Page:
I chose the latter. The consultants in question – both brilliant guys – were not promoted, and left the firm. But the culture of meritocracy was firmly established.
4. The importance of humility
“The day you lose your humility, you lose your soul,” my father had said early in my life. It was philosophical advice that meant little to a young boy then, but it was to come back strongly in later years.
It is easy to let success go to the head when bright young consultants begin addressing CEOs and Boards before they hit thirty years of age. It becomes even easier at 35, when you call industry captains by their first name. It’s a heady cocktail that makes you think that you know all there is to know. You have arrived!
Nothing could be further from the truth. Once hubris sets in, you stop seeing and listening. Your glasses become coloured, and your ability to understand your client’s problems gets impaired. You can no longer advise dispassionately, and you fail as an advisor. Humility is your insurance.
Once every year, I stand in a corner at Mumbai airport’s arrival area and watch the young and the middle-aged hurrying about, wrapped in their self-importance. It helps me keep my feet on the ground.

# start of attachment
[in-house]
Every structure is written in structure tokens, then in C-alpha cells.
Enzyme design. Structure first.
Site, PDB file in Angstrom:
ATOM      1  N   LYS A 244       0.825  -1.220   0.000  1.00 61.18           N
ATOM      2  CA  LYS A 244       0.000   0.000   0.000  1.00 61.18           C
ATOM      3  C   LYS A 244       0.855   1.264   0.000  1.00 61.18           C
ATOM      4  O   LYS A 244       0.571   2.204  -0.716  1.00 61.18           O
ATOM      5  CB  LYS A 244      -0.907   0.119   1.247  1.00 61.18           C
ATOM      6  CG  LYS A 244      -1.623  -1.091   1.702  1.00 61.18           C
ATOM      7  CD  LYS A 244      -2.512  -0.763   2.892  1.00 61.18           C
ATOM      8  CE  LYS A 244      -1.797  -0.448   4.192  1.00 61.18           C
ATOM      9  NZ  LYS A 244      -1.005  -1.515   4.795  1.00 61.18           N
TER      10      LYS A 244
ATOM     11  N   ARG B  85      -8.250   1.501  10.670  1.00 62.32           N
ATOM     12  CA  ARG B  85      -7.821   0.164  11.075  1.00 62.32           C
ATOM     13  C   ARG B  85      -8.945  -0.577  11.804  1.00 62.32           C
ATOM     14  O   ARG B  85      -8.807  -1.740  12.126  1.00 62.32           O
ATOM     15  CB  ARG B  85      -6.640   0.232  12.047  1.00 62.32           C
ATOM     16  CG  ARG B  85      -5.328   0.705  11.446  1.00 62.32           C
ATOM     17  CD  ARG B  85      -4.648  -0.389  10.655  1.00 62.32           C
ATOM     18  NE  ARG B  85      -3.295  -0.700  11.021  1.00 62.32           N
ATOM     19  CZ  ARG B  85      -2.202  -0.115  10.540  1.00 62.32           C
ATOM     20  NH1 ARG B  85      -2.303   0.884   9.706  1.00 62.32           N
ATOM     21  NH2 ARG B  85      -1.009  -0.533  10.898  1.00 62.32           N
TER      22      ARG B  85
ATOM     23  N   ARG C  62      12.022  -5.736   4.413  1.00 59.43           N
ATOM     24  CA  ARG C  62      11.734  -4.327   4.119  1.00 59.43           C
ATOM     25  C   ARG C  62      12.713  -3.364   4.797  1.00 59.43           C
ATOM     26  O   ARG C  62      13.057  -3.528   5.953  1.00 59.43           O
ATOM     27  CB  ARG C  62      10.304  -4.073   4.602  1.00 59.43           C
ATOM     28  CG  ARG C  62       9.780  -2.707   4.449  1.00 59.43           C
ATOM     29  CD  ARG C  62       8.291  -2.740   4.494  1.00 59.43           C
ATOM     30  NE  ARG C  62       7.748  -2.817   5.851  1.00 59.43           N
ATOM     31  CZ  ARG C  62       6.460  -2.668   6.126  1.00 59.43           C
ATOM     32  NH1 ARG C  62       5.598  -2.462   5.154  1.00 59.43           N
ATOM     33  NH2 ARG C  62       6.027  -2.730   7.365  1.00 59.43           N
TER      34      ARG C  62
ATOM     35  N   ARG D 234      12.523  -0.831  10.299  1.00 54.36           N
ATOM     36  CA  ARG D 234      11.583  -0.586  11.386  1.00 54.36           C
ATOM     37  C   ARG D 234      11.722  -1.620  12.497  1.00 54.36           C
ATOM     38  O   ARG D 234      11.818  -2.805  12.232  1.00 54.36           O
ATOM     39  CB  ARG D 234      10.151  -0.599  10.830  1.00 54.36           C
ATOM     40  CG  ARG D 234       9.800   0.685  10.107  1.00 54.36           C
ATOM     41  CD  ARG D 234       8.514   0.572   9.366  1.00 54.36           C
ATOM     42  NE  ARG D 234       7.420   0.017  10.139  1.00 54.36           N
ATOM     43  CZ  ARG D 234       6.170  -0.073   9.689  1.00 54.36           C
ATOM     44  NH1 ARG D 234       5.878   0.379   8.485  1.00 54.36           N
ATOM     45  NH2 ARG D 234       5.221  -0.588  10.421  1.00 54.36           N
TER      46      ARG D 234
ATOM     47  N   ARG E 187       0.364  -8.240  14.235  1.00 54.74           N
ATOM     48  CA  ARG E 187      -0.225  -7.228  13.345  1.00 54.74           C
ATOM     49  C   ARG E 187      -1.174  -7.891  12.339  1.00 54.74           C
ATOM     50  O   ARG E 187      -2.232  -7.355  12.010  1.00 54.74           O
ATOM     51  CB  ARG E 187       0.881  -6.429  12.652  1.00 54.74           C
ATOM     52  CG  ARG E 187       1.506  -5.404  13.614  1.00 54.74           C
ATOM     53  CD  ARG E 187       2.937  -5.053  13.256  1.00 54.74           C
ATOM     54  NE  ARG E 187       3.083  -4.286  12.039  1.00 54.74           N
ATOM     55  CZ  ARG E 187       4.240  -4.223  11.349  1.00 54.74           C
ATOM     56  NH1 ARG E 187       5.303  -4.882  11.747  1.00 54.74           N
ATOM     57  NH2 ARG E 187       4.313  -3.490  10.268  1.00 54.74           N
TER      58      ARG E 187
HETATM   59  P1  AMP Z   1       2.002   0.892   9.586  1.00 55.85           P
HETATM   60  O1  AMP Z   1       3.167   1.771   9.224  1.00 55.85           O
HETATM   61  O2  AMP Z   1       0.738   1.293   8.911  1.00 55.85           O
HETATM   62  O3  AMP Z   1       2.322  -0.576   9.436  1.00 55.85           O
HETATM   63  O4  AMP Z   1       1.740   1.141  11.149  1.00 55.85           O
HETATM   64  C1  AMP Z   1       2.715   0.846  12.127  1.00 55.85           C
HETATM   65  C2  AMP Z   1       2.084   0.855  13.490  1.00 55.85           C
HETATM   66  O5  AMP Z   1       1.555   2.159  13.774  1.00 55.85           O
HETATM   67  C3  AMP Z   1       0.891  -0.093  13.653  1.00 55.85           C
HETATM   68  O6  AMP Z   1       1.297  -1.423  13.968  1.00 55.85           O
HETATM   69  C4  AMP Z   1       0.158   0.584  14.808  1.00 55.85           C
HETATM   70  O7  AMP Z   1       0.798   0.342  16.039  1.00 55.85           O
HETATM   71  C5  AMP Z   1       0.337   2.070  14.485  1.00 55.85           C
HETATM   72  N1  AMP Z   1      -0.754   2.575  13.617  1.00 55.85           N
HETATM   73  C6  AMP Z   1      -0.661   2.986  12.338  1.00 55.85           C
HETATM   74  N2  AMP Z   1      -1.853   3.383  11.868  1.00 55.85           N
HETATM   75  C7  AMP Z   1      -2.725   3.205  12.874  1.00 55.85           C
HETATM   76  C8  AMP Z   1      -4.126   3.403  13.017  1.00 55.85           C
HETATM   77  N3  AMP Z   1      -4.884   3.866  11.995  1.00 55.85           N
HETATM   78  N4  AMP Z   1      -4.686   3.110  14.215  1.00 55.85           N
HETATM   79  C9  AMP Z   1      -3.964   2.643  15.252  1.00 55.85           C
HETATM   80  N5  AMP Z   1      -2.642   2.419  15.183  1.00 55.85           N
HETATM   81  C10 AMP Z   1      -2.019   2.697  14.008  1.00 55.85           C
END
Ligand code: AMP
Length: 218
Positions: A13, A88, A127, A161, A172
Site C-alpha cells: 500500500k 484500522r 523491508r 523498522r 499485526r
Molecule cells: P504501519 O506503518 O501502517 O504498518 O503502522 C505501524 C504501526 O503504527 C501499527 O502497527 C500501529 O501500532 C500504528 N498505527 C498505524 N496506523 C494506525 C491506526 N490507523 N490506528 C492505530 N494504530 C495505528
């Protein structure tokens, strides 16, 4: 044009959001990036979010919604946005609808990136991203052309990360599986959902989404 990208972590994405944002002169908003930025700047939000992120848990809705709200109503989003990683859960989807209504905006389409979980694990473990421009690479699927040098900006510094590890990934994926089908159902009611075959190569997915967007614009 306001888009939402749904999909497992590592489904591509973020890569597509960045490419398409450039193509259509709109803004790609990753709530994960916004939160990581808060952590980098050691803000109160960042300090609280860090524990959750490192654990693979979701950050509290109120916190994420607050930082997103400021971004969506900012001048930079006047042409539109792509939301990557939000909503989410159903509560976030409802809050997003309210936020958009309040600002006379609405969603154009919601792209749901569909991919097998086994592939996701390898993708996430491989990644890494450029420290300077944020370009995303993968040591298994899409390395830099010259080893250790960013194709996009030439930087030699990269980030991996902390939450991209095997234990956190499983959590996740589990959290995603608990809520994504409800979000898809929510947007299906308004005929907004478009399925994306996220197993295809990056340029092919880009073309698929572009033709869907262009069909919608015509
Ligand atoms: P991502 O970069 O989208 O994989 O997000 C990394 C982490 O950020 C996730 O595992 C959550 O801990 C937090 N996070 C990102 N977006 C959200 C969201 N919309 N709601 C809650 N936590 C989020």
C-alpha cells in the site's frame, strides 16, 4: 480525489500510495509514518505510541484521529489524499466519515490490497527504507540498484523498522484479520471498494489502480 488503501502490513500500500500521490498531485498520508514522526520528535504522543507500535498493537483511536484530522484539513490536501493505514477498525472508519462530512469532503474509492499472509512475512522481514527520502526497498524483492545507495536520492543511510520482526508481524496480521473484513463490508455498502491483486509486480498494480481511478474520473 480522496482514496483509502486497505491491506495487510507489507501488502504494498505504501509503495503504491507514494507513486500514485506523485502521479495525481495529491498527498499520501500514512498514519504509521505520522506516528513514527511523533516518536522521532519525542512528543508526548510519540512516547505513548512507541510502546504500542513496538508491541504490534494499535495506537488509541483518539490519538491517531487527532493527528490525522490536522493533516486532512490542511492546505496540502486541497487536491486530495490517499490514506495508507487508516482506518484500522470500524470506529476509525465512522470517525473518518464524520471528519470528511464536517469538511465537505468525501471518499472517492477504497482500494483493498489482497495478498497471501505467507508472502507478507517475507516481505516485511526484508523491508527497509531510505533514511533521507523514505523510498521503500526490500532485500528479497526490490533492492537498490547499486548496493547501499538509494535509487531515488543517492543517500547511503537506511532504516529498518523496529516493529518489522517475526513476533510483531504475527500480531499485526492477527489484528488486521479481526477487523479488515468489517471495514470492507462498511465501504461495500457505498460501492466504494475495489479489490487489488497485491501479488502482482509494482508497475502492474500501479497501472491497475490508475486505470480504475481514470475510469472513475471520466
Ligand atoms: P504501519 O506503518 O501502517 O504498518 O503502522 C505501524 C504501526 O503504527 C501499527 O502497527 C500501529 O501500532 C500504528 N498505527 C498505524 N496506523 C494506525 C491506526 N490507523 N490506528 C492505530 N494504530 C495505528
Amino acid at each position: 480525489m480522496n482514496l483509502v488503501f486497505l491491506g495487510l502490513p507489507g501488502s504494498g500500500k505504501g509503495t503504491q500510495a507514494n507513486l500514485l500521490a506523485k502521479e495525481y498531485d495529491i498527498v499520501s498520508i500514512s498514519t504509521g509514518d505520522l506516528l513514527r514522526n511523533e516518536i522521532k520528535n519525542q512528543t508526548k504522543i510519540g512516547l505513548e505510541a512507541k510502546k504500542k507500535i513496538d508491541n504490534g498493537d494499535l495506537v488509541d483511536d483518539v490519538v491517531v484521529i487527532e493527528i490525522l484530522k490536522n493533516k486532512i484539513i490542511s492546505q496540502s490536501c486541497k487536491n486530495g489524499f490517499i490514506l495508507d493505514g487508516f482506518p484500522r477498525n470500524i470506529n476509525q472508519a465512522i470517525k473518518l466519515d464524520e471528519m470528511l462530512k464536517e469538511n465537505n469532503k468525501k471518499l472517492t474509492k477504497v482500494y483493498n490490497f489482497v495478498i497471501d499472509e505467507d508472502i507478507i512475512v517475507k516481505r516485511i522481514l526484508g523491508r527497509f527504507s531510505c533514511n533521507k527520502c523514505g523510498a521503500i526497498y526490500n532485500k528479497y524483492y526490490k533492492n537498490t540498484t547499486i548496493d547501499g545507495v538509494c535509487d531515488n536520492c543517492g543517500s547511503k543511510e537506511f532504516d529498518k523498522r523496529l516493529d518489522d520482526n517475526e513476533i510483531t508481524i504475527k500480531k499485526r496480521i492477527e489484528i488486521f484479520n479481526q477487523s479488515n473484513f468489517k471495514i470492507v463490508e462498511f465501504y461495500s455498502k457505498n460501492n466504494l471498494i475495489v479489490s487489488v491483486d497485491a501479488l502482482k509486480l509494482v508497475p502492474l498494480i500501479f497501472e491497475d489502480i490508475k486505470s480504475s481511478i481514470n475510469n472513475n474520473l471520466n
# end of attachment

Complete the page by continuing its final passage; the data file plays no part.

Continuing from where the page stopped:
5. There is a thin line between ambition and greed
Consulting attracts not only some of the brightest people, but some of the most ambitious ones too. Sometimes, ambition can turn into something ugly. Not very long back, a successful and respected consulting Partner crossed the line. It began with a small confidential document being shared with an outsider. One thing led to another, and soon, the Partner’s name was on the slippery slope.
While the breach was not illegal, it was unethical nevertheless. What was shocking is how the Partner, with so many years behind him, convinced himself that he was doing nothing wrong. He wanted to add a zero or two to his wealth.
This was shockingly similar to the Galleon Hedge Fund case, where highly respected executives couldn’t resist temptation. They deluded themselves into doing things that interns in their office would have no trouble seeing as illegal. They have paid a steep price.
The original article (pdf) from Economic Times
Posted in Author Post